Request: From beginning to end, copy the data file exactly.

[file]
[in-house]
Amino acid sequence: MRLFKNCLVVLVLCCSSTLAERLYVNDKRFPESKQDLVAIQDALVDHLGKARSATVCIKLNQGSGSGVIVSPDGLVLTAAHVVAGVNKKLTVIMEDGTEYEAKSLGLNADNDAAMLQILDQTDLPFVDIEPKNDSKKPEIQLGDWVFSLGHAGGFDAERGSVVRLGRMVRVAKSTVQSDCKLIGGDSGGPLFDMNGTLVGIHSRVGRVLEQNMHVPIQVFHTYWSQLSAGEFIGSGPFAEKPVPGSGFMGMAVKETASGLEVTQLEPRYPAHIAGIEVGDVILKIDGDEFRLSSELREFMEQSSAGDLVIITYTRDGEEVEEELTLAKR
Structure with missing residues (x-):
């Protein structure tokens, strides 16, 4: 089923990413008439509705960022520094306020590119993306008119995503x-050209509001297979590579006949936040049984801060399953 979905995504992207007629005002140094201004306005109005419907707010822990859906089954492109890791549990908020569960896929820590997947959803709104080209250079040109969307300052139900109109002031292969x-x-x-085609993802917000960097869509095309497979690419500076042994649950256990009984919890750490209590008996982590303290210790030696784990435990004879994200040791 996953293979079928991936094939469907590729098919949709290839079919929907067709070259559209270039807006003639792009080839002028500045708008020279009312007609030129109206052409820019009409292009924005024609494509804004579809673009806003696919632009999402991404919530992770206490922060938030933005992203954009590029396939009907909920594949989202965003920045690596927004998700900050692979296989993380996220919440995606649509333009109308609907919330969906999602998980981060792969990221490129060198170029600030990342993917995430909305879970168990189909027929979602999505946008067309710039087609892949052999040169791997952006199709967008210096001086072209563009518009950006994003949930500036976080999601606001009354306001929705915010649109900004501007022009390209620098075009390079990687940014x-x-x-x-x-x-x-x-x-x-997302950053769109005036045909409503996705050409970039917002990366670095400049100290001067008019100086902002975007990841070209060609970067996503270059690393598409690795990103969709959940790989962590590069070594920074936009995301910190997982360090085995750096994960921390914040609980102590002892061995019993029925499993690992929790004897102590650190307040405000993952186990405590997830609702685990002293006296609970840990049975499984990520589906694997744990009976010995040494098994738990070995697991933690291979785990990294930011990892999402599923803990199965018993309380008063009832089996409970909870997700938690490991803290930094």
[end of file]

[in-house]
Amino acid sequence: MRLFKNCLVVLVLCCSSTLAERLYVNDKRFPESKQDLVAIQDALVDHLGKARSATVCIKLNQGSGSGVIVSPDGLVLTAAHVVAGVNKKLTVIMEDGTEYEAKSLGLNADNDAAMLQILDQTDLPFVDIEPKNDSKKPEIQLGDWVFSLGHAGGFDAERGSVVRLGRMVRVAKSTVQSDCKLIGGDSGGPLFDMNGTLVGIHSRVGRVLEQNMHVPIQVFHTYWSQLSAGEFIGSGPFAEKPVPGSGFMGMAVKETASGLEVTQLEPRYPAHIAGIEVGDVILKIDGDEFRLSSELREFMEQSSAGDLVIITYTRDGEEVEEELTLAKR
Structure with missing residues (x-):
């Protein structure tokens, strides 16, 4: 089923990413008439509705960022520094306020590119993306008119995503x-050209509001297979590579006949936040049984801060399953 979905995504992207007629005002140094201004306005109005419907707010822990859906089954492109890791549990908020569960896929820590997947959803709104080209250079040109969307300052139900109109002031292969x-x-x-085609993802917000960097869509095309497979690419500076042994649950256990009984919890750490209590008996982590303290210790030696784990435990004879994200040791 996953293979079928991936094939469907590729098919949709290839079919929907067709070259559209270039807006003639792009080839002028500045708008020279009312007609030129109206052409820019009409292009924005024609494509804004579809673009806003696919632009999402991404919530992770206490922060938030933005992203954009590029396939009907909920594949989202965003920045690596927004998700900050692979296989993380996220919440995606649509333009109308609907919330969906999602998980981060792969990221490129060198170029600030990342993917995430909305879970168990189909027929979602999505946008067309710039087609892949052999040169791997952006199709967008210096001086072209563009518009950006994003949930500036976080999601606001009354306001929705915010649109900004501007022009390209620098075009390079990687940014x-x-x-x-x-x-x-x-x-x-997302950053769109005036045909409503996705050409970039917002990366670095400049100290001067008019100086902002975007990841070209060609970067996503270059690393598409690795990103969709959940790989962590590069070594920074936009995301910190997982360090085995750096994960921390914040609980102590002892061995019993029925499993690992929790004897102590650190307040405000993952186990405590997830609702685990002293006296609970840990049975499984990520589906694997744990009976010995040494098994738990070995697991933690291979785990990294930011990892999402599923803990199965018993309380008063009832089996409970909870997700938690490991803290930094």